Kimberly Bolyard’s statement to City Council on 11/28, in response to building a mega school.
Engagement in school declines as students move from elementary school, to middle school, to high school. High school students are an at-risk population for dropping out of school. Research shows that large schools are a factor contributing to high truancy and drop-out rates. When students establish personal relationships with teachers and staff, truancy rates decline. It is harder to build these personal relationships at large schools.
What are the costs of truancy and high drop-out rates for our students? These youth tend to commit more crime and have an increased frequency of substance abuse. As adults, they are more likely to be in poorer health, to be incarcerated, and to live in poverty. Society also incurs increased costs associated with high truancy and drop-out rates. Society experiences a less educated workforce, loss to businesses due to youth vandalism and shoplifting, social services costs to families of truant youth, and decreased state and federal funding for education because this funding is based on enrollments.
There have been many studies researching the effectiveness of large schools, as the recent trend has been to consolidate schools across the United States. In the past 75 years or so, the number of schools in the U.S. declined from about 250,000 to about 95,000 while at the same time the student population (k-12) increased from 28 million to more than 53 million. Much of the consolidation was driven by claims that larger schools have lower per-student costs. Data on the effects of consolidation; however, show that smaller schools tend to have better student outcomes than larger schools. Thus, if we take drop-out rate into consideration, the cost-effectiveness of smaller schools is better.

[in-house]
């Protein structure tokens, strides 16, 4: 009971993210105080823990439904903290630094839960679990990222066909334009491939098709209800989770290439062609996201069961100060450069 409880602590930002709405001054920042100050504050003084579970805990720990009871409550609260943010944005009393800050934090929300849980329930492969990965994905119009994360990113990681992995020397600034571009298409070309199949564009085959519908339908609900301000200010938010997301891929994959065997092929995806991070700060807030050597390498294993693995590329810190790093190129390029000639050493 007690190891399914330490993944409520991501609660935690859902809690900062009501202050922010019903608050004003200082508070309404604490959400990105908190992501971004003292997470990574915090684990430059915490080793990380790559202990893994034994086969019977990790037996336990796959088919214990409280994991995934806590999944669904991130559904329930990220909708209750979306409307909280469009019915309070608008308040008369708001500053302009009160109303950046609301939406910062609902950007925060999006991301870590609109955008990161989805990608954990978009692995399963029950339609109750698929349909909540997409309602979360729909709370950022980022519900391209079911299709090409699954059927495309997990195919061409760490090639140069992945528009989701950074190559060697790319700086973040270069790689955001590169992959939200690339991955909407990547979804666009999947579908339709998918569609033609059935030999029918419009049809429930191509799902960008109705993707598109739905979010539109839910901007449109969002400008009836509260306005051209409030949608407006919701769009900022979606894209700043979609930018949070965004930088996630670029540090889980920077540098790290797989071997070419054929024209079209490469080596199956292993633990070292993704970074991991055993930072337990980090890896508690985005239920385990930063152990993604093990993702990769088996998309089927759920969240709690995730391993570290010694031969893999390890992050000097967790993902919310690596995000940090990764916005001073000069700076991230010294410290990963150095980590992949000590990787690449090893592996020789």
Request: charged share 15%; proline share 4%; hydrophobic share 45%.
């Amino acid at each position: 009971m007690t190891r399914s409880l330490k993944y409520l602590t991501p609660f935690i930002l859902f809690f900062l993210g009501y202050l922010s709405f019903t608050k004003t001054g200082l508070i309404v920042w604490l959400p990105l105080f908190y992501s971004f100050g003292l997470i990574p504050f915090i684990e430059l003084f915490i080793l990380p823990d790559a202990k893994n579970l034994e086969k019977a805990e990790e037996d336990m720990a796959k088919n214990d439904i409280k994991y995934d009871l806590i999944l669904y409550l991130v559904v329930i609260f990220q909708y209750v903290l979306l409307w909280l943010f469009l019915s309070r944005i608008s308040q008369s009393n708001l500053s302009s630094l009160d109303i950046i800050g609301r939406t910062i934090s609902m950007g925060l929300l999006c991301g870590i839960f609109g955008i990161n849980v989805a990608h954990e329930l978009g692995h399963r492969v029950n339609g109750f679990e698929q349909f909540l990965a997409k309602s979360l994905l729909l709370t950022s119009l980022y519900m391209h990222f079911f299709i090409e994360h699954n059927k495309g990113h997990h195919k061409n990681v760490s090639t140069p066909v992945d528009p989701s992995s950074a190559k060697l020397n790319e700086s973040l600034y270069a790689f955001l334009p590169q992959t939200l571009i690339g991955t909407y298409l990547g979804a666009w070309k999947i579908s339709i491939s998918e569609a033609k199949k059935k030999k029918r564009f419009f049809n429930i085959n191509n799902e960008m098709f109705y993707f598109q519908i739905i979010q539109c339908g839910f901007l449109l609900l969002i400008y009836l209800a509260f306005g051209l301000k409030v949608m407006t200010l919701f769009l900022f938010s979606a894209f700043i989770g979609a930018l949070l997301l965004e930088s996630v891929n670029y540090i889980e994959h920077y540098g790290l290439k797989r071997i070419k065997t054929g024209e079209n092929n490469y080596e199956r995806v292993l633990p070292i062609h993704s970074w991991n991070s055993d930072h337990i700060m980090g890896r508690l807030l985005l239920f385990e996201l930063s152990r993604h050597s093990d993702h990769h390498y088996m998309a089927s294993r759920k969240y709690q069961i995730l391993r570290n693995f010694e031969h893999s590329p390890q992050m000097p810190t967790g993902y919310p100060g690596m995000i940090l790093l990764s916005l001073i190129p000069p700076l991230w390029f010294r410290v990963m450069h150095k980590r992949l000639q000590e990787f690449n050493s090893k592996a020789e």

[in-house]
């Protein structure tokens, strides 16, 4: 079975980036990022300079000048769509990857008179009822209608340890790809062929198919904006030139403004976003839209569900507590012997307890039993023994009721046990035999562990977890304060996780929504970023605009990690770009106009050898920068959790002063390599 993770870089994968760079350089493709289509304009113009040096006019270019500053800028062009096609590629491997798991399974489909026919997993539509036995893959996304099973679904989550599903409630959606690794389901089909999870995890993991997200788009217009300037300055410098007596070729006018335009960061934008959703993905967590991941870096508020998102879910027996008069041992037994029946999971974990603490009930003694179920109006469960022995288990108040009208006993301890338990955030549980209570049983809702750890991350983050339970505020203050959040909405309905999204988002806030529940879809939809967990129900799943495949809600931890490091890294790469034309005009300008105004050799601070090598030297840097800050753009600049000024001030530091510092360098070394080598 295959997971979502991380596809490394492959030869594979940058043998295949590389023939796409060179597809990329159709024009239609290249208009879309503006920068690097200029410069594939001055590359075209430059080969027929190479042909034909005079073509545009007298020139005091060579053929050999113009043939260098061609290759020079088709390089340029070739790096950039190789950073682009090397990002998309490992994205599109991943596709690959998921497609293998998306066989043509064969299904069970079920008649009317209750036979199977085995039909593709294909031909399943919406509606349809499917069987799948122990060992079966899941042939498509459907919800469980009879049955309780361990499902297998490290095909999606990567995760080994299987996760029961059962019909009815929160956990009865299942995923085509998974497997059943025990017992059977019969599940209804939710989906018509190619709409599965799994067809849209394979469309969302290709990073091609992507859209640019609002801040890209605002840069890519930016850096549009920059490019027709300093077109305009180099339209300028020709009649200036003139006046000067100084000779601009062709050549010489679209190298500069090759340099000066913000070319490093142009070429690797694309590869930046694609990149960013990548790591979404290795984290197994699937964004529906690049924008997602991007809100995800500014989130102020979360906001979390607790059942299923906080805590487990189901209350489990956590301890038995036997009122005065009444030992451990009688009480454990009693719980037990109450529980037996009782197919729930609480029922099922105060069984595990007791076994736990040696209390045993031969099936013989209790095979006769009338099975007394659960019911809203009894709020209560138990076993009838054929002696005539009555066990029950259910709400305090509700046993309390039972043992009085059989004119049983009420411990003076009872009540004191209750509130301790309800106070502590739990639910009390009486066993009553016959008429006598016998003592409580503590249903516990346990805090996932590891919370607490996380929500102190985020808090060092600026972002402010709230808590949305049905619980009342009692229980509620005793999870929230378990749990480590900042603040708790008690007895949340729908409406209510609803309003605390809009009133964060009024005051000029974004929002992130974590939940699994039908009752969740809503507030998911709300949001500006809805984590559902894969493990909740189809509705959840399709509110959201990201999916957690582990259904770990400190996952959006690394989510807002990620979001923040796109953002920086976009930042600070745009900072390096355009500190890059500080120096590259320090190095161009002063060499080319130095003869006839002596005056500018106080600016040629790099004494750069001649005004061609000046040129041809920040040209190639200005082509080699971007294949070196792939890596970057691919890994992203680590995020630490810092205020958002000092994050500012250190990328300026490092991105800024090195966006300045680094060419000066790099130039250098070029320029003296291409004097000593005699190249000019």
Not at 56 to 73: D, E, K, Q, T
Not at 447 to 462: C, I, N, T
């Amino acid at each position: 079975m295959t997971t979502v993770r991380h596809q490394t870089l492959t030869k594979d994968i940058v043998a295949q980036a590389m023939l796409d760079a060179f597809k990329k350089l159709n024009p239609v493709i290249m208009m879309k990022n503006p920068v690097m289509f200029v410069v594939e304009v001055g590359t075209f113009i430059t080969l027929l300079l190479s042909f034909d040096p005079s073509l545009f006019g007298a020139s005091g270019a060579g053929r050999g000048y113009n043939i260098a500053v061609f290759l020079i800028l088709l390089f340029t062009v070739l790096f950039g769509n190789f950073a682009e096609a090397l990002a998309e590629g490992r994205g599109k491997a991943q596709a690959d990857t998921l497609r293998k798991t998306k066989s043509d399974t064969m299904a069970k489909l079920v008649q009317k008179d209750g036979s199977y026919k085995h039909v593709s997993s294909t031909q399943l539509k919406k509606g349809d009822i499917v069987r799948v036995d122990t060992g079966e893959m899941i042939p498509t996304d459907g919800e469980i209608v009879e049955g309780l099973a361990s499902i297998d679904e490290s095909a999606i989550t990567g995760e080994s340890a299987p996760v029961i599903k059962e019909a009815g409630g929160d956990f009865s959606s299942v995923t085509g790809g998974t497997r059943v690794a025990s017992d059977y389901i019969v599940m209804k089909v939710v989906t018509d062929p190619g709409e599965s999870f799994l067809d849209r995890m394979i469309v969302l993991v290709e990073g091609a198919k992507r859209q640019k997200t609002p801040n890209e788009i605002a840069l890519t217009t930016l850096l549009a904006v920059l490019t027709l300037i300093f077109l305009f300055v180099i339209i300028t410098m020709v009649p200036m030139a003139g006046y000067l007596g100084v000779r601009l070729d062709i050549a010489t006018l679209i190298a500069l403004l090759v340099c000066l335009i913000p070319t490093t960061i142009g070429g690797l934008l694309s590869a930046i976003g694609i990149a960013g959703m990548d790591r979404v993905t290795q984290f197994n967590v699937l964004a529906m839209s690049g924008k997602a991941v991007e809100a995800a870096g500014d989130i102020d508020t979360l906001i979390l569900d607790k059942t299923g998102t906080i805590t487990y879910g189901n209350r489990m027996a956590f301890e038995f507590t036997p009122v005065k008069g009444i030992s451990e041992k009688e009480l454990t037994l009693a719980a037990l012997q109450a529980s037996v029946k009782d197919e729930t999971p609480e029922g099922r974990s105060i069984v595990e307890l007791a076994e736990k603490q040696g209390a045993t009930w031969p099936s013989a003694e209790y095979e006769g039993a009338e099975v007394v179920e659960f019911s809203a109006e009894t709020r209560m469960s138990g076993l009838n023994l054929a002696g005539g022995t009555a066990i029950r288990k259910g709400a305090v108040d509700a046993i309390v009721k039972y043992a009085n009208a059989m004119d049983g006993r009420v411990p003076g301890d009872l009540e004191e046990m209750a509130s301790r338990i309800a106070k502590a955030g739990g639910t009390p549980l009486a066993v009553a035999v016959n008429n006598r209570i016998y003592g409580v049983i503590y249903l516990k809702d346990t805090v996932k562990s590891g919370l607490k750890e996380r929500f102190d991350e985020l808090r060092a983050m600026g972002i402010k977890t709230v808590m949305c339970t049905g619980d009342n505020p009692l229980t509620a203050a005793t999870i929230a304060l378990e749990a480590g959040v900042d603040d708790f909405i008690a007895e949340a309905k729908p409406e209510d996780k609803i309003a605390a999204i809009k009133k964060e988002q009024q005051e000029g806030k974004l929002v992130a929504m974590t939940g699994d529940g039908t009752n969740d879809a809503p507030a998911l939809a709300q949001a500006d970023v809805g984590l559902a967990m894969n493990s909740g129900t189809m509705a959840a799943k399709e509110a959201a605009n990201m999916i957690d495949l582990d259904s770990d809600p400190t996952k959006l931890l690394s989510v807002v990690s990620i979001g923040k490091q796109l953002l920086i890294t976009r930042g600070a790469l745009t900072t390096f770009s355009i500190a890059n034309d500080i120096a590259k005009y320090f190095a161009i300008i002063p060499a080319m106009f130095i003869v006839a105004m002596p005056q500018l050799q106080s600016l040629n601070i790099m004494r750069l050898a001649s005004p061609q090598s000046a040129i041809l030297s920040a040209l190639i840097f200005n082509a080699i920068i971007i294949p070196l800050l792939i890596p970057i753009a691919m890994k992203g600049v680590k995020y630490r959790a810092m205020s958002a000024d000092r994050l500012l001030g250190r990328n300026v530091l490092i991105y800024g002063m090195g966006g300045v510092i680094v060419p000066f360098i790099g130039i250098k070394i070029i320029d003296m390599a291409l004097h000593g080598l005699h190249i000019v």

A study of North Carolina schools found that larger schools are not more efficient in the delivery of quality education programs. In terms of student outcomes, large schools are not better, and may be worse, than medium and small sized schools in terms of delivering a quality education. In addition, larger schools are more likely to have worse student behavior. For example, large schools have higher drop-out rates and their principals report more difficulties with student physical conflicts, vandalism, drug use, and teacher absenteeism.
According to the U.S. Department of Education website, larger high schools, especially ones that serve low-income student populations, “have disproportionately lower achievements and higher incidences of violence than smaller schools serving similar student populations. […] In small schools, students tend to be more satisfied, more academically productive, more likely to participate in school activities, better behaved, and less likely to drop-out than students in large schools.” The overall result is that even though smaller schools have an initial higher cost per student, their cost per graduate is lower than that of larger schools.
The overall conclusion that we can draw from this research is that students are more likely to thrive and to graduate when they are not in large schools. Our current high school is very large and crowded, at more than 400 students over capacity. Building a second high school will give our students a chance to get to know their teachers, office clerks, and cafeteria staff, increasing the chances that they will feel connected to their school and be held accountable for attending school. It will give them more opportunities to participate in sports, plays, and clubs. A second high school will provide our youth with a better chance to engage in meaningful extracurricular experiences and will help us avoid the costs associated with high truancy and drop-out rates. Our youth are important as they will be our future business owners, city council representatives, and neighbors, and they will be more successful if they have a high quality high school education experience.
Smaller schools are more cost-effective per graduate than larger schools. And we want our youth in Harrisonburg to be high school graduates, not high school drop-outs.